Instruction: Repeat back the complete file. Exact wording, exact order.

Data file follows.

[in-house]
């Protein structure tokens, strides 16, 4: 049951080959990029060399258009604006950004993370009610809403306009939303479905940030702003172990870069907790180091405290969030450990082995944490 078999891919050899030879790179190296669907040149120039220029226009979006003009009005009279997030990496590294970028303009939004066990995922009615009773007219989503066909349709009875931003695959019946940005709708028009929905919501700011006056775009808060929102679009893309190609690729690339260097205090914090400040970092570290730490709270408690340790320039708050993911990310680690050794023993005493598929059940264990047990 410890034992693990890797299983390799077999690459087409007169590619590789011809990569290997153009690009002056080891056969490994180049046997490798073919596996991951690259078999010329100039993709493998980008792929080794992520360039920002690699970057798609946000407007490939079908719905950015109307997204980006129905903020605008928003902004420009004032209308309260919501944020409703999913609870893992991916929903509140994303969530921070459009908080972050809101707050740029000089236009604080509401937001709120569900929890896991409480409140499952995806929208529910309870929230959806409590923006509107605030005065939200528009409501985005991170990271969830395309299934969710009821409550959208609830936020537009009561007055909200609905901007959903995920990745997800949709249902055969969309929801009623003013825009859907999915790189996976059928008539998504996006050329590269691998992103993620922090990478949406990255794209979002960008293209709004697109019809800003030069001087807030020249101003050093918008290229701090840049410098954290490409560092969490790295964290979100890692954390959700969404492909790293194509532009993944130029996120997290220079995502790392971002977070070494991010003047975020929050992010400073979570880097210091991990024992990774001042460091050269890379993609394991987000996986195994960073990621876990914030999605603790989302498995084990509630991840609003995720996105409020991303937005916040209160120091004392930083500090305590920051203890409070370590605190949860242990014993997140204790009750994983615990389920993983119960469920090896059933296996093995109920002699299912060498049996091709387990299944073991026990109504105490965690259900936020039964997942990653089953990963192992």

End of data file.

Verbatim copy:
[in-house]
């Protein structure tokens, strides 16, 4: 049951080959990029060399258009604006950004993370009610809403306009939303479905940030702003172990870069907790180091405290969030450990082995944490 078999891919050899030879790179190296669907040149120039220029226009979006003009009005009279997030990496590294970028303009939004066990995922009615009773007219989503066909349709009875931003695959019946940005709708028009929905919501700011006056775009808060929102679009893309190609690729690339260097205090914090400040970092570290730490709270408690340790320039708050993911990310680690050794023993005493598929059940264990047990 410890034992693990890797299983390799077999690459087409007169590619590789011809990569290997153009690009002056080891056969490994180049046997490798073919596996991951690259078999010329100039993709493998980008792929080794992520360039920002690699970057798609946000407007490939079908719905950015109307997204980006129905903020605008928003902004420009004032209308309260919501944020409703999913609870893992991916929903509140994303969530921070459009908080972050809101707050740029000089236009604080509401937001709120569900929890896991409480409140499952995806929208529910309870929230959806409590923006509107605030005065939200528009409501985005991170990271969830395309299934969710009821409550959208609830936020537009009561007055909200609905901007959903995920990745997800949709249902055969969309929801009623003013825009859907999915790189996976059928008539998504996006050329590269691998992103993620922090990478949406990255794209979002960008293209709004697109019809800003030069001087807030020249101003050093918008290229701090840049410098954290490409560092969490790295964290979100890692954390959700969404492909790293194509532009993944130029996120997290220079995502790392971002977070070494991010003047975020929050992010400073979570880097210091991990024992990774001042460091050269890379993609394991987000996986195994960073990621876990914030999605603790989302498995084990509630991840609003995720996105409020991303937005916040209160120091004392930083500090305590920051203890409070370590605190949860242990014993997140204790009750994983615990389920993983119960469920090896059933296996093995109920002699299912060498049996091709387990299944073991026990109504105490965690259900936020039964997942990653089953990963192992």